Red Hat Fuse image size

Red Hat Fuse is a leading integration platform, which is capable of solving any given problem with simple enterprise integration patterns (EIP).  Over time, Red Hat Fuse has evolved to cater to a wide range of infrastructure needs.

For more information on each of these, check out the Red Hat Fuse documentation. The Fuse on Red Hat OpenShift flavor uses a Fuse image that has runtime components packaged inside a Linux container image.  This article will discuss how to reduce the size of the Fuse image. The same principle can be used for other images.

Deep dive

Before reducing the size, we need to first understand the basics of the Fuse container image provided by Red Hat.

Let's dive into the Fuse image to understand its layers at a high level.  The following diagram shows six critical layers. Note, that for the sake of simplification, I have merged layers into one logical layer. For instance, Environment and Labels are shown as one layer, which provides the Metadata information.

Current Fuse Image layeringFigure 1: High-level image layers of Red Hat Fuse images.

The current version of the Red Hat Fuse image is about 171.8 MB in size. In Figure 1, we can see several layers. Each layer can be replaced by various alternatives.  That's good, but how do we know what the alternatives are?

Let's take an example. Red Hat released a new Universal Base Image in April, and it's generally offered in two versions:

  1. Standard Red Hat base image — Contains a robust set of software features like yum, utils, and more.
  2. Minimal Red Hat base image — This is a stripped-down version. Some alternatives are provided, such as microdnf for software installation.

The Minimal version is about half the size of the Standard Red Hat base image. This can be used as a replacement for the "openjdk18-rhel7" layer in a Fuse image. But this version cannot be used as is, because it does not contain JVM.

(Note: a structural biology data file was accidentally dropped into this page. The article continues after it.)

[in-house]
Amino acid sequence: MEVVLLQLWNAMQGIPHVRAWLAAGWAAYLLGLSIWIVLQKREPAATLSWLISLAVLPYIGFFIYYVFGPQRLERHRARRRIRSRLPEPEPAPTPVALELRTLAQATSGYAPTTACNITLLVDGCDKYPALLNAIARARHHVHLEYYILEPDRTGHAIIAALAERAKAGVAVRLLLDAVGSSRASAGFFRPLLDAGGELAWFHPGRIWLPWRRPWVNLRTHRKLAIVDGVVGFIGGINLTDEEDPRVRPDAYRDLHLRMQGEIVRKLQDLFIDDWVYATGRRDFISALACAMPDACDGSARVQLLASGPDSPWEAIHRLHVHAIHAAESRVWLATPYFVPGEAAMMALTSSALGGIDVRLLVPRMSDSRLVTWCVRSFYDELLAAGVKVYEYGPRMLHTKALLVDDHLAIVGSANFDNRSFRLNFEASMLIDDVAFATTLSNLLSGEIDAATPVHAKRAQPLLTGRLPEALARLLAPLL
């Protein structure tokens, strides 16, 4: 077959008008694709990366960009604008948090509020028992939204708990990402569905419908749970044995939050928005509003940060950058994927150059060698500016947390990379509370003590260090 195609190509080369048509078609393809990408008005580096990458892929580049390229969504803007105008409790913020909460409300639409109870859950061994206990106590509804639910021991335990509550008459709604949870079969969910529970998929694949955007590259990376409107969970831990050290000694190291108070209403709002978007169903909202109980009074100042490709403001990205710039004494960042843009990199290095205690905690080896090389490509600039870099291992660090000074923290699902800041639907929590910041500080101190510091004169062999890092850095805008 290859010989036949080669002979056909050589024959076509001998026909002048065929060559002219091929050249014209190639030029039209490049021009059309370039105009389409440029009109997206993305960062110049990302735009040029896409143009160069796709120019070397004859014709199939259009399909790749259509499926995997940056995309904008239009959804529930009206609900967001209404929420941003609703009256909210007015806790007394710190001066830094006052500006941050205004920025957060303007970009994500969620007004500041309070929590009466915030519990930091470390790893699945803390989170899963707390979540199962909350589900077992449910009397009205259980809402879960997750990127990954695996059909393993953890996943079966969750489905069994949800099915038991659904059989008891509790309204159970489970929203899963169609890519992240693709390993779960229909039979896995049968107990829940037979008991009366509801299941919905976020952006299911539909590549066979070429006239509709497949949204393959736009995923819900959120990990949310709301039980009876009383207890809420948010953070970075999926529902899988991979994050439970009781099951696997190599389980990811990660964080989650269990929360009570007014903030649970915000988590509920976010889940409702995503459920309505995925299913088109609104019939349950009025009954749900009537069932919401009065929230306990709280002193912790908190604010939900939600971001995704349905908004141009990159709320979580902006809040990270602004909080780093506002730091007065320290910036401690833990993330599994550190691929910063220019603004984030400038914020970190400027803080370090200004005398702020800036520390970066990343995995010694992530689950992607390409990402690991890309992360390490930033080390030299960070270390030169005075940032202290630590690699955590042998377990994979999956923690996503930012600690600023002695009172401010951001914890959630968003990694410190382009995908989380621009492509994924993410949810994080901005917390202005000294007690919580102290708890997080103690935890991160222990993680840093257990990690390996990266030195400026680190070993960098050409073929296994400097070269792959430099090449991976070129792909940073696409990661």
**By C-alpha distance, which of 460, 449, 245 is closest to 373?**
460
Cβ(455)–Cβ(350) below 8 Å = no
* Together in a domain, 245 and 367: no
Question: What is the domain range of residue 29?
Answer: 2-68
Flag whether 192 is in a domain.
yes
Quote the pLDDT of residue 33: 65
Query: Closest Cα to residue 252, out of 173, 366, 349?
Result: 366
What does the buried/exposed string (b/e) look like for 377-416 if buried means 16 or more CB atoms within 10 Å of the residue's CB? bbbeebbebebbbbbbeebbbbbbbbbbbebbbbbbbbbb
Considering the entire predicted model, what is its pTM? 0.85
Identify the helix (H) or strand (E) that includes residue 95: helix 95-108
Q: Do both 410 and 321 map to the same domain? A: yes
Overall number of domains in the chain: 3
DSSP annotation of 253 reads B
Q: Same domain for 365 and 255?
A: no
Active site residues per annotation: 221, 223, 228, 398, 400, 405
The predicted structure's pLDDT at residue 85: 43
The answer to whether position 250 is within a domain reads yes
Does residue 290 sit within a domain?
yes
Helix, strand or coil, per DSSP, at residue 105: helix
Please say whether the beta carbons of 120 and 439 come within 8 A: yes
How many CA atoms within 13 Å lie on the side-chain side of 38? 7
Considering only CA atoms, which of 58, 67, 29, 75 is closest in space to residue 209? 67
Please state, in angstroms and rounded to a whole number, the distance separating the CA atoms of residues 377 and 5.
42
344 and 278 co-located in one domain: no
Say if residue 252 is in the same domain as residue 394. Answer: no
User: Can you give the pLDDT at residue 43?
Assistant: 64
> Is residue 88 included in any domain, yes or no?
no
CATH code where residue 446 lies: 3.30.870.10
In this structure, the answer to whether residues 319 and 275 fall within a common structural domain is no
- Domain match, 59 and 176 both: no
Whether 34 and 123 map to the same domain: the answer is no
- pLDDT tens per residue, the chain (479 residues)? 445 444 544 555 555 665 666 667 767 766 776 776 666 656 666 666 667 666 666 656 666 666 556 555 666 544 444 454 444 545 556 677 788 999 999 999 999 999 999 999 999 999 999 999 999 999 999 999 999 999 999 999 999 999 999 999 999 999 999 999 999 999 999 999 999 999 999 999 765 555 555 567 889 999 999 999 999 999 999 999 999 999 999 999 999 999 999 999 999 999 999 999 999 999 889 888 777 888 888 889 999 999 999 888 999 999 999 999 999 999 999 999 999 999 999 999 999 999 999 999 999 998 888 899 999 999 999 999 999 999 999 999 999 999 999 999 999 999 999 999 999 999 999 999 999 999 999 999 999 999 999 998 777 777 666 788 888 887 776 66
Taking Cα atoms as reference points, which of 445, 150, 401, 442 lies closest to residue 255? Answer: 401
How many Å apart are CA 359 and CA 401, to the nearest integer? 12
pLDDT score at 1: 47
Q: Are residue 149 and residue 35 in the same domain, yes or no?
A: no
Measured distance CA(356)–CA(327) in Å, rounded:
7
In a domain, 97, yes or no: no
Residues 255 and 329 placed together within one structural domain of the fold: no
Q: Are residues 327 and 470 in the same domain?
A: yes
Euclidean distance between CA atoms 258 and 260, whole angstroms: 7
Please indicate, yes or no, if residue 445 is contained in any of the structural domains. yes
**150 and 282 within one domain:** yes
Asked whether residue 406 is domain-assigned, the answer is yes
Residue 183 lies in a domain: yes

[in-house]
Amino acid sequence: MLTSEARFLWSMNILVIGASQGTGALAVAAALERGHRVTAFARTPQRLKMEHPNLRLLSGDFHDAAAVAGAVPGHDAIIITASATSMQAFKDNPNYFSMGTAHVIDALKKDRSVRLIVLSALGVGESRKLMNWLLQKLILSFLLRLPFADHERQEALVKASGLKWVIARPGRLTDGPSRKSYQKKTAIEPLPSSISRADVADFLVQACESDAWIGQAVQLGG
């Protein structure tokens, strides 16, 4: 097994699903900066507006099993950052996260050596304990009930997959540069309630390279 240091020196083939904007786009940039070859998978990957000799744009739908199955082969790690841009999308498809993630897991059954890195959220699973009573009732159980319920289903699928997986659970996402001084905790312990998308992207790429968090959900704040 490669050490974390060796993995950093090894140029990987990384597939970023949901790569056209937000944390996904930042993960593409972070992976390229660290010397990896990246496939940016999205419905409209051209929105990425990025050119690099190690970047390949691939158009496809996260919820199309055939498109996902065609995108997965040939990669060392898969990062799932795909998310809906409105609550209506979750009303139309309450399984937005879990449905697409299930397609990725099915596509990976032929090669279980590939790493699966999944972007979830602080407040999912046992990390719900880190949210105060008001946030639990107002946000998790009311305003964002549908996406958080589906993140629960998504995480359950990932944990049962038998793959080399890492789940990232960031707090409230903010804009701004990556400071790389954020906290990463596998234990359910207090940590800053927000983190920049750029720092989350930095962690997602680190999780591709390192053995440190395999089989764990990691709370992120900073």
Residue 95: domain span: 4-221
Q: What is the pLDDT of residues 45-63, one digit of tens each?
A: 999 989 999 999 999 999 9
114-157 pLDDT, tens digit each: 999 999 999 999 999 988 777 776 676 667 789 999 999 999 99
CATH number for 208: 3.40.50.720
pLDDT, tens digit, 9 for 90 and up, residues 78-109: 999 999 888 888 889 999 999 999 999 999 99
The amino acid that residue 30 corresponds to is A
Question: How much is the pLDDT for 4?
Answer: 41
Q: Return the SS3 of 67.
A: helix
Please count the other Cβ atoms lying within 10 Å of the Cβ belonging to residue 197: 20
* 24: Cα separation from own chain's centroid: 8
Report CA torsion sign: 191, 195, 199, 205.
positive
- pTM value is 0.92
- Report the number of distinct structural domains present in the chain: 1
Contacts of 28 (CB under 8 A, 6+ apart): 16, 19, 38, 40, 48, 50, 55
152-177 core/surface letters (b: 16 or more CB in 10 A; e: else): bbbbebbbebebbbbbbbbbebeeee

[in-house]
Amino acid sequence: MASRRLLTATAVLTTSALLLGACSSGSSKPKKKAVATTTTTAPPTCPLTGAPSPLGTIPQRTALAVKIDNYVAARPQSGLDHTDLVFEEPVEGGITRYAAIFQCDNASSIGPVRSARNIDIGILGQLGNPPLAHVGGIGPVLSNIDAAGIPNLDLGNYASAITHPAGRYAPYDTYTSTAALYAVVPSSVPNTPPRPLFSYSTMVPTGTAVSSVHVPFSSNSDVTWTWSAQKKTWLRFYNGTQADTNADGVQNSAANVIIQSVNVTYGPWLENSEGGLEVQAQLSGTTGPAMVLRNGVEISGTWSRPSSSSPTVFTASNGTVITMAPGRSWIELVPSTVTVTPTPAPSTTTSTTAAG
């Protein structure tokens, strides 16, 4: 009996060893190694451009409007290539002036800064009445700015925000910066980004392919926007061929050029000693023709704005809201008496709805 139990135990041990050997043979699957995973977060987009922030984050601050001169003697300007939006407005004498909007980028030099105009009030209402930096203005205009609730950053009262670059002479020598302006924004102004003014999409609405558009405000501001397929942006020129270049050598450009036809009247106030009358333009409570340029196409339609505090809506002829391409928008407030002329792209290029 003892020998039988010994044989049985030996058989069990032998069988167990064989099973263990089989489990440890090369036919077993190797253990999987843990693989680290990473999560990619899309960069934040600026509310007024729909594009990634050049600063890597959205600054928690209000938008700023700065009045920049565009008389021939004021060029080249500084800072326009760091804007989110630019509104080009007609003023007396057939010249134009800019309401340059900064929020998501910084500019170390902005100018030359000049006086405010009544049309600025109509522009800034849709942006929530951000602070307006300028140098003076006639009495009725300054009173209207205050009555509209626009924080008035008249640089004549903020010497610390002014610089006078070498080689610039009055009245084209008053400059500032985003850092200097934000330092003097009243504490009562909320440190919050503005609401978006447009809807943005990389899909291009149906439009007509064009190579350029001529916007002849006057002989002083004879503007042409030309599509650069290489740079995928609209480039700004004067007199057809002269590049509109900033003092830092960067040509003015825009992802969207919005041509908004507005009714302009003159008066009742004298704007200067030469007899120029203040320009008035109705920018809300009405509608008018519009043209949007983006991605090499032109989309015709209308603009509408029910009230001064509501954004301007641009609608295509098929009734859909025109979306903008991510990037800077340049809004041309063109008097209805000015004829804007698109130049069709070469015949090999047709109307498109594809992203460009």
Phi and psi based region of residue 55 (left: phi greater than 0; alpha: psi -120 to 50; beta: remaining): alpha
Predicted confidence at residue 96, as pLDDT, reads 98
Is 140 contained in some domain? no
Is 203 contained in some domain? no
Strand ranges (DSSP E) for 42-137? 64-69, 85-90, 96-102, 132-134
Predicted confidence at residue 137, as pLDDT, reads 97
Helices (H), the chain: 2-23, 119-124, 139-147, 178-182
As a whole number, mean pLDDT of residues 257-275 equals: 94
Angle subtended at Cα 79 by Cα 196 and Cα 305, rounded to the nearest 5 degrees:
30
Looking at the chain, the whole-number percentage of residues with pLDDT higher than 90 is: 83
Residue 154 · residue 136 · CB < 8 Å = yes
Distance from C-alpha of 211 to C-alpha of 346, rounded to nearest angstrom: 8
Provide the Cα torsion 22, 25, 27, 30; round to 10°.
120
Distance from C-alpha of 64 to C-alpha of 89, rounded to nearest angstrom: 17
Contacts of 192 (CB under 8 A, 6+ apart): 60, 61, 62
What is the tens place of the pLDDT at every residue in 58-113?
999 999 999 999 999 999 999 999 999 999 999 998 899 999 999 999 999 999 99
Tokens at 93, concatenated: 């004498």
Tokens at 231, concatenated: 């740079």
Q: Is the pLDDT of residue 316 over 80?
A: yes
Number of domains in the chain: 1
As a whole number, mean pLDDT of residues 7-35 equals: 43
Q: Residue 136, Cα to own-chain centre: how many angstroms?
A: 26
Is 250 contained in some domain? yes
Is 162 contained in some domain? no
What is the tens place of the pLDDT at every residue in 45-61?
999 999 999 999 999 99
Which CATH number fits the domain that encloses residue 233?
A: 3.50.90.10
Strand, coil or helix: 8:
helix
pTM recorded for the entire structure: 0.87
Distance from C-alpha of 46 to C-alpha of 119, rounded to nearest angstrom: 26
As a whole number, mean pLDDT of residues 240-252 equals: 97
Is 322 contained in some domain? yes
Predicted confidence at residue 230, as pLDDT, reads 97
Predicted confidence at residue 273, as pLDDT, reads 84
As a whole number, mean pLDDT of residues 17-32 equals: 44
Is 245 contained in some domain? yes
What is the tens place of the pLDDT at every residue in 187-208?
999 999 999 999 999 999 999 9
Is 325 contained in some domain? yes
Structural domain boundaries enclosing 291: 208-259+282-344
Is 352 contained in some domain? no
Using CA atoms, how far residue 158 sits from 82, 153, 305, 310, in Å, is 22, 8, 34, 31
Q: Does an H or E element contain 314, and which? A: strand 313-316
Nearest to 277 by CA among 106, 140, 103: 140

Let's use the headless Open JDK to keep the JRE light. The image file will look like this:

MAINTAINER Pramod Padmamabhan[]

#Adding env details
ENV FIS_JAVA_IMAGE_NAME="jboss-fuse/minimal-fuse-openshift" \
PATH=$PATH:"/usr/local/s2i" \
JAVA_DATA_DIR="/deployments/data" # BASE version information
architecture="x86_64" \
summary="Platform for building and running plain Java applications (fat-jar and flat classpath)" \
com.redhat.component="jboss-fuse-x-fuse-java-openshift-container" \
io.fabric8.s2i.version.maven="3.3.3-1.el7" \
io.k8s.description="Platform for building and running plain Java applications (fat-jar and flat classpath)" \
io.k8s.display-name="Fuse Integration Services - Java" \
io.openshift.tags="builder,java" \
io.openshift.s2i.scripts-url="image:///usr/local/s2i" \
io.openshift.s2i.destination="/tmp" \
org.jboss.deployments-dir="/deployments" \
description="Fuse Base Image With minimal UBI" \ group="ubi-minimal"

USER root
ADD run-java/ /opt/run-java
ADD s2i/ /usr/local/s2i
ADD jolokia /opt/jolokia #install OpenJDK 1.8 / use only when getting ubi minimal image
RUN microdnf --enablerepo=rhel-7-server-rpms install java-1.8.0-openjdk-headless \
&& microdnf clean all \
&& echo securerandom.source=file:/dev/urandom >> /usr/lib/jvm/java-1.8.0-openjdk- \
&& useradd -r jboss \
&& usermod -g root -G jboss jboss \
&& chmod -R 755 /opt/run-java ; chmod -R 755 /usr/local/s2i \
&& mkdir -p /deployments/data \
&& chmod -R "g+rwX" /deployments \
&& chown -R jboss:root /deployments \
&& chmod 444 /opt/jolokia/jolokia.jar \
&& chmod 755 /opt/jolokia/jolokia-opts \
&& chmod 775 /opt/jolokia/etc \
&& chgrp root /opt/jolokia/etc

#fis user
USER 185
CMD [ "/usr/local/s2i/run" ]

For the complete source and library of the minimal-UBI project, refer to the GitHub repo.

Building the above will generate a Fuse image of about 130 MB. Compared to the original Fuse image size of 171.8 MB. We have reduced the image by about 40 MB in size.

What's next?

The size reduction is good, but every custom change comes with a few drawbacks. In this case, we need to manage the S2i, Jolokia, and any other libraries or scripts we add to the UBI. Coming up, I will show how to reduce the Final-S2i image size. Until then, happy open sourcing!

Last updated: July 1, 2020